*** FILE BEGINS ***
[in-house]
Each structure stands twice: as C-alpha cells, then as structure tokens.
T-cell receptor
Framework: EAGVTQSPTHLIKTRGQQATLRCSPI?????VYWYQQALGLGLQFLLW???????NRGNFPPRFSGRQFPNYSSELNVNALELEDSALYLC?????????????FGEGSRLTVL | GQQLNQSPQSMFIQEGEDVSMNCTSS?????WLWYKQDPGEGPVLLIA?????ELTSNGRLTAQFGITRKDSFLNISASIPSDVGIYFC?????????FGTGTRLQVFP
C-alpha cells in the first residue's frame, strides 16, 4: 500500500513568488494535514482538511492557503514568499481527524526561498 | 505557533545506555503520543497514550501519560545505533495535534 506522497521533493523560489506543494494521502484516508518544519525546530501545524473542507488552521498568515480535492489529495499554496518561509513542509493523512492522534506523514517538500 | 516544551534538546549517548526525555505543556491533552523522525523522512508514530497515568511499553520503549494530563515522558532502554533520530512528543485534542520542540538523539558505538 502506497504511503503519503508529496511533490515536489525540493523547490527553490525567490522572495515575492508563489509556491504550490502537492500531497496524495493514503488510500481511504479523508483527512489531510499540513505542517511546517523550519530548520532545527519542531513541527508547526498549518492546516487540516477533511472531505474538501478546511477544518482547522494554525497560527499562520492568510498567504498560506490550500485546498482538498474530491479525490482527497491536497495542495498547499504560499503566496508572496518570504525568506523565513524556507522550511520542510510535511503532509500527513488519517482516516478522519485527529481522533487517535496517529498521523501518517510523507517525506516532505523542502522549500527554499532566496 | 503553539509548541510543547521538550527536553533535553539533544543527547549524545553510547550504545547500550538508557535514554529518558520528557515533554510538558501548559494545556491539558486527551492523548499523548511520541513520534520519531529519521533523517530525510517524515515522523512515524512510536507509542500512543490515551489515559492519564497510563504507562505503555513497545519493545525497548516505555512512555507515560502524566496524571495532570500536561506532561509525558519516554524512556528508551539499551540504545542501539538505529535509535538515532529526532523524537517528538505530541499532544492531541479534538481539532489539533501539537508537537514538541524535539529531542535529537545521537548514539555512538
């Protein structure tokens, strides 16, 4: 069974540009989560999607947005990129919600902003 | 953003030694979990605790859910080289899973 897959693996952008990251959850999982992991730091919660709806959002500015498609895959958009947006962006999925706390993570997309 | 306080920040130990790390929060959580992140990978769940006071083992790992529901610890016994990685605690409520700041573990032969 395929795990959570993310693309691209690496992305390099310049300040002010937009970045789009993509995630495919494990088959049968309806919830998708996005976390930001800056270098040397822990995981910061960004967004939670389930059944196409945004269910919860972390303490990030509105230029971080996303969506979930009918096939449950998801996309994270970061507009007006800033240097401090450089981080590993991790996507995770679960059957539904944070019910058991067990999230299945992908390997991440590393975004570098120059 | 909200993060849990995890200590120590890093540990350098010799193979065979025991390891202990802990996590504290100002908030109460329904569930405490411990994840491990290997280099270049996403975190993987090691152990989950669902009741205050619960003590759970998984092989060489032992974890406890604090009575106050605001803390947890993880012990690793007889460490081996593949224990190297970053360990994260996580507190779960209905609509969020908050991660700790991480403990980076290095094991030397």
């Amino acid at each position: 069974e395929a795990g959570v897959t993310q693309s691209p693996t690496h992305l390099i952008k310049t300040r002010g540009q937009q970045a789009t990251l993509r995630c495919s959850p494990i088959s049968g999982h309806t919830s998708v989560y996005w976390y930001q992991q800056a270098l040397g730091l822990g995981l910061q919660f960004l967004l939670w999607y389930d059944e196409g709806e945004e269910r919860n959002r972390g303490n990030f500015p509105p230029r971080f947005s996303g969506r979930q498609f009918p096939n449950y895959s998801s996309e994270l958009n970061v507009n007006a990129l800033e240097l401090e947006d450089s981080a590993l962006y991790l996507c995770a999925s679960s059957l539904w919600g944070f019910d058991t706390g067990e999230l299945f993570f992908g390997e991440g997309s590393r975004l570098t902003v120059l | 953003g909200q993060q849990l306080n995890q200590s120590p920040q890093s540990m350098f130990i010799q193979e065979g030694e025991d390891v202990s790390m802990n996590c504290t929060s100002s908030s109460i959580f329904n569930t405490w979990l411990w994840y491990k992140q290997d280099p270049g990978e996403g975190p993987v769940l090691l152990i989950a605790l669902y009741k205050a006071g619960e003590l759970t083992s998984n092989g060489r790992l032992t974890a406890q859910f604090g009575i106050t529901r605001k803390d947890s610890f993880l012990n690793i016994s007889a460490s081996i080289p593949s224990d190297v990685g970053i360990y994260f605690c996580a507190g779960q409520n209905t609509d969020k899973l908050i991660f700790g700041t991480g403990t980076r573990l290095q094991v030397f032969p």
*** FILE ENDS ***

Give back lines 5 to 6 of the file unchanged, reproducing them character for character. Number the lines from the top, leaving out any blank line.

C-alpha cells in the first residue's frame, strides 16, 4: 500500500513568488494535514482538511492557503514568499481527524526561498 | 505557533545506555503520543497514550501519560545505533495535534 506522497521533493523560489506543494494521502484516508518544519525546530501545524473542507488552521498568515480535492489529495499554496518561509513542509493523512492522534506523514517538500 | 516544551534538546549517548526525555505543556491533552523522525523522512508514530497515568511499553520503549494530563515522558532502554533520530512528543485534542520542540538523539558505538 502506497504511503503519503508529496511533490515536489525540493523547490527553490525567490522572495515575492508563489509556491504550490502537492500531497496524495493514503488510500481511504479523508483527512489531510499540513505542517511546517523550519530548520532545527519542531513541527508547526498549518492546516487540516477533511472531505474538501478546511477544518482547522494554525497560527499562520492568510498567504498560506490550500485546498482538498474530491479525490482527497491536497495542495498547499504560499503566496508572496518570504525568506523565513524556507522550511520542510510535511503532509500527513488519517482516516478522519485527529481522533487517535496517529498521523501518517510523507517525506516532505523542502522549500527554499532566496 | 503553539509548541510543547521538550527536553533535553539533544543527547549524545553510547550504545547500550538508557535514554529518558520528557515533554510538558501548559494545556491539558486527551492523548499523548511520541513520534520519531529519521533523517530525510517524515515522523512515524512510536507509542500512543490515551489515559492519564497510563504507562505503555513497545519493545525497548516505555512512555507515560502524566496524571495532570500536561506532561509525558519516554524512556528508551539499551540504545542501539538505529535509535538515532529526532523524537517528538505530541499532544492531541479534538481539532489539533501539537508537537514538541524535539529531542535529537545521537548514539555512538
């Protein structure tokens, strides 16, 4: 069974540009989560999607947005990129919600902003 | 953003030694979990605790859910080289899973 897959693996952008990251959850999982992991730091919660709806959002500015498609895959958009947006962006999925706390993570997309 | 306080920040130990790390929060959580992140990978769940006071083992790992529901610890016994990685605690409520700041573990032969 395929795990959570993310693309691209690496992305390099310049300040002010937009970045789009993509995630495919494990088959049968309806919830998708996005976390930001800056270098040397822990995981910061960004967004939670389930059944196409945004269910919860972390303490990030509105230029971080996303969506979930009918096939449950998801996309994270970061507009007006800033240097401090450089981080590993991790996507995770679960059957539904944070019910058991067990999230299945992908390997991440590393975004570098120059 | 909200993060849990995890200590120590890093540990350098010799193979065979025991390891202990802990996590504290100002908030109460329904569930405490411990994840491990290997280099270049996403975190993987090691152990989950669902009741205050619960003590759970998984092989060489032992974890406890604090009575106050605001803390947890993880012990690793007889460490081996593949224990190297970053360990994260996580507190779960209905609509969020908050991660700790991480403990980076290095094991030397």